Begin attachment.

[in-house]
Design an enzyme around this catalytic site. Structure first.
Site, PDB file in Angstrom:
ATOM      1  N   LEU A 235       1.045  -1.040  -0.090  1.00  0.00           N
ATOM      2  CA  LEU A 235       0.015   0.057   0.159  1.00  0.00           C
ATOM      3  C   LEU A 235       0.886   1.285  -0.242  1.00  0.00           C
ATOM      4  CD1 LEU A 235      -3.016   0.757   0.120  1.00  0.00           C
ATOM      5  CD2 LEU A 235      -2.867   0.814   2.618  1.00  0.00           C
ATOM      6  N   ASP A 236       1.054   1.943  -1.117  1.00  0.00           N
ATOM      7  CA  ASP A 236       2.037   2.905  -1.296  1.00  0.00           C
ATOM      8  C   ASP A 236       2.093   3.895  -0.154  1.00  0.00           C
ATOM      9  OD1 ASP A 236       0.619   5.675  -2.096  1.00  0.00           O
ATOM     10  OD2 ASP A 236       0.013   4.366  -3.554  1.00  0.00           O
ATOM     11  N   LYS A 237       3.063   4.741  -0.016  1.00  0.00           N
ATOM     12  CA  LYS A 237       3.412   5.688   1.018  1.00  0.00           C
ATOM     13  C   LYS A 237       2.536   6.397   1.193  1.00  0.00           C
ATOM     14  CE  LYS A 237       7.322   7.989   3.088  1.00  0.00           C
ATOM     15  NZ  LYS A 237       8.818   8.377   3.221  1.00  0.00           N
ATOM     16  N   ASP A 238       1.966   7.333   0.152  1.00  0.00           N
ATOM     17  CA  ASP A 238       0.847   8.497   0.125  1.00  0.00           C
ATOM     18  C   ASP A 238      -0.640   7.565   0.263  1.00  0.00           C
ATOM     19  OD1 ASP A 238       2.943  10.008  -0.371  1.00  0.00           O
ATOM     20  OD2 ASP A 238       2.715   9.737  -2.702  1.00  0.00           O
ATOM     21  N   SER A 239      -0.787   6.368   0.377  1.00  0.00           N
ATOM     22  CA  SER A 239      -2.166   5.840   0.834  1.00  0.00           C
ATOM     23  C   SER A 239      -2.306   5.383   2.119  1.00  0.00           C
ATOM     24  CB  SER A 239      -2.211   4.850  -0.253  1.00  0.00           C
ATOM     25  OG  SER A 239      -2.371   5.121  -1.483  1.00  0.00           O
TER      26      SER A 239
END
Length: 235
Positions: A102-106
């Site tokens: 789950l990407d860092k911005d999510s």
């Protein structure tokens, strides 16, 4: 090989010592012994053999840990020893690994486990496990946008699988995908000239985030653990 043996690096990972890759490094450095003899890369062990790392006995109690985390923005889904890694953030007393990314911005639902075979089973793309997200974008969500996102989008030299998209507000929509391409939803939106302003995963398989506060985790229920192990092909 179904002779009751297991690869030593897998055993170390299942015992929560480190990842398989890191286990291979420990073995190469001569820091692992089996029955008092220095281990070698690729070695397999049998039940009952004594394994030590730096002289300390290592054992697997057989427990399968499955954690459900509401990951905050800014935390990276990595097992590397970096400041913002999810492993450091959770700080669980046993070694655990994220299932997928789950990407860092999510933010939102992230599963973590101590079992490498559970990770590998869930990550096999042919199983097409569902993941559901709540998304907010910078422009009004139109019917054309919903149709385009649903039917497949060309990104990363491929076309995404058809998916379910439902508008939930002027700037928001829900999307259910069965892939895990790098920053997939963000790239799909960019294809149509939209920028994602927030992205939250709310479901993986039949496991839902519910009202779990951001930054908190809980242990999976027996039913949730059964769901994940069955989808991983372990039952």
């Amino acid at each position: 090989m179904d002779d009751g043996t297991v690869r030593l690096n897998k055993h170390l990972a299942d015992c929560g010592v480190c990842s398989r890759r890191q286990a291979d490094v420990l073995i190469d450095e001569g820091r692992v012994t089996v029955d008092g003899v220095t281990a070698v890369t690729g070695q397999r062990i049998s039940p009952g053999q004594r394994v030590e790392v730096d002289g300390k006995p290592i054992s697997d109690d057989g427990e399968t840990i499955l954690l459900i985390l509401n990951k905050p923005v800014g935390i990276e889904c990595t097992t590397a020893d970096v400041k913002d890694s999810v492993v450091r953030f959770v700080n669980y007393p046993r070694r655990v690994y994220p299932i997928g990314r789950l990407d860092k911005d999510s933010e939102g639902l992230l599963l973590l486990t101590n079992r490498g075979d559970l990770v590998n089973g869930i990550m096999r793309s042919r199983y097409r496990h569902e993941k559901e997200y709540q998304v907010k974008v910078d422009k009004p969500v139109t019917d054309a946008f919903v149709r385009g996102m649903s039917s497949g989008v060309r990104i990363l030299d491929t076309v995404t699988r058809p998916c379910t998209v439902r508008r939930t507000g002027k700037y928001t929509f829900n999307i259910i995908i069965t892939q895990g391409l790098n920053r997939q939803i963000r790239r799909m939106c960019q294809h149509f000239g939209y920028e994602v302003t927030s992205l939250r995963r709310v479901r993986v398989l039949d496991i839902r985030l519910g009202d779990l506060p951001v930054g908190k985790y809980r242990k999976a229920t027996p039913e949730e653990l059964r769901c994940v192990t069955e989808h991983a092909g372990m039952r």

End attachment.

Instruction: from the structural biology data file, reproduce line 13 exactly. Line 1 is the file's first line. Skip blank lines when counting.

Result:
ATOM     10  OD2 ASP A 236       0.013   4.366  -3.554  1.00  0.00           O